Mark Cuban’s HDNet filed suit against DirecTV for planning to move the service to a pricier tier for “HD-only” channels, an offering with less penetration that the satellite provider’s basic HDTV package.
The lawsuit, filed in District Court in Dallas last Friday, charges that nation’s largest satellite provider is violating a carriage deal by shifting both HDNet and its sister service HDNet Movies to the DirecTV HD Extra Pack.
That premium HDTV tier, with just a handful of services, will cost subscribers $4.99 a month, a fee on top of the $9.99 HD Access Fee that DirecTV charges for its newly expanded line-up of more than 70 national HD networks.
“In gross violation of their contractual obligations, defendants have decided to effectively kill HDNet’s viewership by moving the two HDNet networks from their current DirecTV broadcast package – where the channels are distributed to more than 2 million households – to a newly created obscure and overpriced package that puts their HDNet channels well beyond the average television viewer,” HDNet charges in its 26-page lawsuit.
Some other pay TV providers also charge customers extra fees for HDNet by carrying it on a tier, including Time Warner Cable, Buckeye Cable and WideOpenWest.
In its filing, HDNet also alleges that DirecTV is giving preferential treatment to channels owned by Liberty Media, which is in the process of acquiring News Corp.’s 38.5% stake in the satellite provider.
HDNet’s lawsuit was initially reported by the Web site SatelliteGuys.us, which is operated by Scott Greczkowski, who writes a blog for Multichannel News.
Word first leaked in September that DirecTV planned to create a special tier of HD-only networks that would include HDNet, HDNet Movies, MHD, MGM HD, Universal HD and Smithsonian HD.
HDNet is also seeking a temporary restraining order against DirecTV, which is slated to start offering the HD Extra Pack Dec. 15.
DirecTV Wednesday denied HDNet’s allegations.
“We are disappointed that our business partner would ignore the plain language of our agreement and file an unnecessary lawsuit coupled with a request for the unwarranted, extraordinary relief of a temporary restraining order,” DirecTV spokesman Robert Mercer said.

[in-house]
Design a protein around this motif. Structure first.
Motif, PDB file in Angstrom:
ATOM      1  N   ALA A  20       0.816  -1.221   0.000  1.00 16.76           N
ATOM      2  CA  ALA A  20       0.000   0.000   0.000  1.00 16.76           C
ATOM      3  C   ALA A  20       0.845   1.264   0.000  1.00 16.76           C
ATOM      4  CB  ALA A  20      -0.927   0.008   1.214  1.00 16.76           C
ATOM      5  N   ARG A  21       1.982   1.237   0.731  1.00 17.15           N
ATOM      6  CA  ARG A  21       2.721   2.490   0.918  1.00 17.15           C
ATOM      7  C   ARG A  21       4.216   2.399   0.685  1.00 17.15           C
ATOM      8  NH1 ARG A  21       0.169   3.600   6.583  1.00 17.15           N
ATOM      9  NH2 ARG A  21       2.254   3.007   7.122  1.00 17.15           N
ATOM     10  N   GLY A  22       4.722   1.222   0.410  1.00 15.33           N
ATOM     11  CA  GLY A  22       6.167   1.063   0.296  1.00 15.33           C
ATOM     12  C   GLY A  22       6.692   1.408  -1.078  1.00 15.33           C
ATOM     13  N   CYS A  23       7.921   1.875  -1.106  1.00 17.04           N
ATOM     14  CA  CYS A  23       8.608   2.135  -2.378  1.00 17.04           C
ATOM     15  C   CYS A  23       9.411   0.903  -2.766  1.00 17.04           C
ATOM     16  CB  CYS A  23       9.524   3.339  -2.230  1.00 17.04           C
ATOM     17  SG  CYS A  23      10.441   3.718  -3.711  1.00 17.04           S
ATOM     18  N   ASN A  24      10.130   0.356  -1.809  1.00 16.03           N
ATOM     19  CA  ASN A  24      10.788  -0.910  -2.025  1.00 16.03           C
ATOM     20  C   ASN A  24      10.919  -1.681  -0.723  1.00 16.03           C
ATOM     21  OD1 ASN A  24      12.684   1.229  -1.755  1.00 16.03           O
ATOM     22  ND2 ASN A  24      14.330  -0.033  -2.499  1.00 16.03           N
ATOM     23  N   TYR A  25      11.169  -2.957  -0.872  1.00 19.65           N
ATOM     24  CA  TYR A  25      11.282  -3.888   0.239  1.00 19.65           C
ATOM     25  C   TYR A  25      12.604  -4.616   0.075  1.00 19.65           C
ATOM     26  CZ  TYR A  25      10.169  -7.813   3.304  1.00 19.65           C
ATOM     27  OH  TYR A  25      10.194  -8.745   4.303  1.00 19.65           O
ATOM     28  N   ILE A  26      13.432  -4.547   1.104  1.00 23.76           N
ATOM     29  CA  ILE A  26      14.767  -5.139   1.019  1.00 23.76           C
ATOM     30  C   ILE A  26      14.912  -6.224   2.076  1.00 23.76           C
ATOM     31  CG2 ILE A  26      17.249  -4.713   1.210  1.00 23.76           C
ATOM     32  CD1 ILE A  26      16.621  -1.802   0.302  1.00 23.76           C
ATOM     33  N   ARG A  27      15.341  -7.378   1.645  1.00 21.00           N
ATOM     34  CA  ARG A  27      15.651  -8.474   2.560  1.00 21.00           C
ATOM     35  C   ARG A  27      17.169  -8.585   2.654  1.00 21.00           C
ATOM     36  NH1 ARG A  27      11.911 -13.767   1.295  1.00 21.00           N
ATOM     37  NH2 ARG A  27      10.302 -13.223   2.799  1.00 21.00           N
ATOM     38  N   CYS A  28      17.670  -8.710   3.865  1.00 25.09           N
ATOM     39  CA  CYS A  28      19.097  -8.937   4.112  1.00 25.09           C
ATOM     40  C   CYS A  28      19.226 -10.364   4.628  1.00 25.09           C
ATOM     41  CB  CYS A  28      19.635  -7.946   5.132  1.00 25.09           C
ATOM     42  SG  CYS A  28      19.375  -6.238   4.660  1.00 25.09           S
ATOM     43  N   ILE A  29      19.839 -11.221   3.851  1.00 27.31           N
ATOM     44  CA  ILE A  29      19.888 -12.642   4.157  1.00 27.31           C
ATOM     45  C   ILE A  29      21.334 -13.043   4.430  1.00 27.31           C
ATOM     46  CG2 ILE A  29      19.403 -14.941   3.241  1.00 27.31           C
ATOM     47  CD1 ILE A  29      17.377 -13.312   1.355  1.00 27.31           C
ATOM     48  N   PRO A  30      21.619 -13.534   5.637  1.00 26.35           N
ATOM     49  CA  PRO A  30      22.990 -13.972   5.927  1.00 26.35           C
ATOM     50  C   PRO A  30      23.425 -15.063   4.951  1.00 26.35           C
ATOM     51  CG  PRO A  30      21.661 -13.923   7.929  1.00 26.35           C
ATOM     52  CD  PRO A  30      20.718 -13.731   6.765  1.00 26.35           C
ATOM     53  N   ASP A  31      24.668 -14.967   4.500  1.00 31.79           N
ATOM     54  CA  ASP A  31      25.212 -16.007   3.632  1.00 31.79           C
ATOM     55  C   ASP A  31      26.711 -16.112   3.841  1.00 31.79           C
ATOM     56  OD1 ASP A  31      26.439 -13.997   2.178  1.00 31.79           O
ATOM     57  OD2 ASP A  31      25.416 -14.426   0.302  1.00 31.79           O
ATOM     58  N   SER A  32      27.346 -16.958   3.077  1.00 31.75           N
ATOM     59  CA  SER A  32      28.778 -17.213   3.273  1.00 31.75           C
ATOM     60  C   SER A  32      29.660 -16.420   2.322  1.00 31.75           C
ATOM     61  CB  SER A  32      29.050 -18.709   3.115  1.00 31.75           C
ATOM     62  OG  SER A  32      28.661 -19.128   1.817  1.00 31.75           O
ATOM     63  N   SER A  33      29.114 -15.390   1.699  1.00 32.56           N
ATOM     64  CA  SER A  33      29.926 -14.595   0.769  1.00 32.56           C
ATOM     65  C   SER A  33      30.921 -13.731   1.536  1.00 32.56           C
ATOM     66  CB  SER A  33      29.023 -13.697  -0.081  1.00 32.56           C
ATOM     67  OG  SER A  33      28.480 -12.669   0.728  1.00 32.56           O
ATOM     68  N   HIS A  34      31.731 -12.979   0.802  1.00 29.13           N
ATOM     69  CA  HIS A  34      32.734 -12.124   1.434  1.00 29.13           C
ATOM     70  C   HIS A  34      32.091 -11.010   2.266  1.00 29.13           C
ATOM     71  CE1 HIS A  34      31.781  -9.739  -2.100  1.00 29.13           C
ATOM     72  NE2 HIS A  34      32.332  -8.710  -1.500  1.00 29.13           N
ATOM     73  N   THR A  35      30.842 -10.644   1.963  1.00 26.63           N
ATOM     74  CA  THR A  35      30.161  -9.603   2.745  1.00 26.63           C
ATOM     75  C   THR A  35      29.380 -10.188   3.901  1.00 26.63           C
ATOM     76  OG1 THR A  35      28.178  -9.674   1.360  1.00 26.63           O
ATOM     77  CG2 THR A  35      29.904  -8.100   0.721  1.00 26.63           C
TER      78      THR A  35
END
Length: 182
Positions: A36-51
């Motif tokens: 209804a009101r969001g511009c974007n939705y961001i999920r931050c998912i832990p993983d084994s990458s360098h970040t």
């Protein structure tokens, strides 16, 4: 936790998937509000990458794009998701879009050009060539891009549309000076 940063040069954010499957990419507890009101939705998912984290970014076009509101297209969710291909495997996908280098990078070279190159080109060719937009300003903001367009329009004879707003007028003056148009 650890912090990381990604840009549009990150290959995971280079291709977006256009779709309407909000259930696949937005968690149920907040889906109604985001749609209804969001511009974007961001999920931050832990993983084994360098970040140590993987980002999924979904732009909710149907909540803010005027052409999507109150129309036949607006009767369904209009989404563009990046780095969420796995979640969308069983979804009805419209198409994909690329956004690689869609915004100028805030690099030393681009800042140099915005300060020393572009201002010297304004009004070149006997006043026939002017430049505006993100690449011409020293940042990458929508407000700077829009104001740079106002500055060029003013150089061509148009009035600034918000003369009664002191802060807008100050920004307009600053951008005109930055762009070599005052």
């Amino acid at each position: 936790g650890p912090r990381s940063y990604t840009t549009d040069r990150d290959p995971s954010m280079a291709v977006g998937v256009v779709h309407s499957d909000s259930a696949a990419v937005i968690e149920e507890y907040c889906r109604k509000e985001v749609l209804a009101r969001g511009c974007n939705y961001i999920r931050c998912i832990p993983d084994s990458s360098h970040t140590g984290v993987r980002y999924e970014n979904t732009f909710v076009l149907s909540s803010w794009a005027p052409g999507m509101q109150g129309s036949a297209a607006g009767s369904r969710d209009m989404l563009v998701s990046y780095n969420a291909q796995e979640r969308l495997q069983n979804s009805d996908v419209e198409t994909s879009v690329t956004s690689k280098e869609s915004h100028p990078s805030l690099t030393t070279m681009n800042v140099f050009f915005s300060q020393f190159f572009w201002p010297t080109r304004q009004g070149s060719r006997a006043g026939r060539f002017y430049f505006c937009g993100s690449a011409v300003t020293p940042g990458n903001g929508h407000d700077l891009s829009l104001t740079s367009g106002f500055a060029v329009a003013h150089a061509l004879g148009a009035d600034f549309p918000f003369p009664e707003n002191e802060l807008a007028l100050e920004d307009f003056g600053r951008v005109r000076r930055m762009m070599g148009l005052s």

“They have not provided any concrete evidence to support their claims,” Mercer said. “We are acting in accord with our agreement with HDNet and we will defend the lawsuit vigorously.”
HDNet’s lineup includes original fare such as Dan Rather Reports and the HDNet Sunday Concert Series, while the movie channel offers theatricals without commercial interruption, as well as original and licensed programming.
In the suit, HDNet claims that under its current contract with DirecTV it is guaranteed carriage on the satellite provider’s most-widely distributed HDTV tier or package.
The suit also alleges that both News Corp., one of DirecTV’s current owners, and Liberty Media, a future owner, are getting preferential carriage for their HDTV networks by the satellite provider, distribution as part of the main HDTV offering.
“Based on a rough view of the available channels, it appears more than one-third of all HDTV channels that are being provided in the main tiers are owned or controlled by either News Corp., Liberty or Mr. [John] Malone [Liberty’s chairman],” the suit says.
For example, one HD-only channel, Discovery HD Theatre, is still being offered as part of DirecTV’s main HDTV package, and it is controlled by Liberty, the suit charges.
To add insult to injury, HDNet charges that it is hard for subscribers “to even locate and order the Extra Pack” on DirecTV’s web site.
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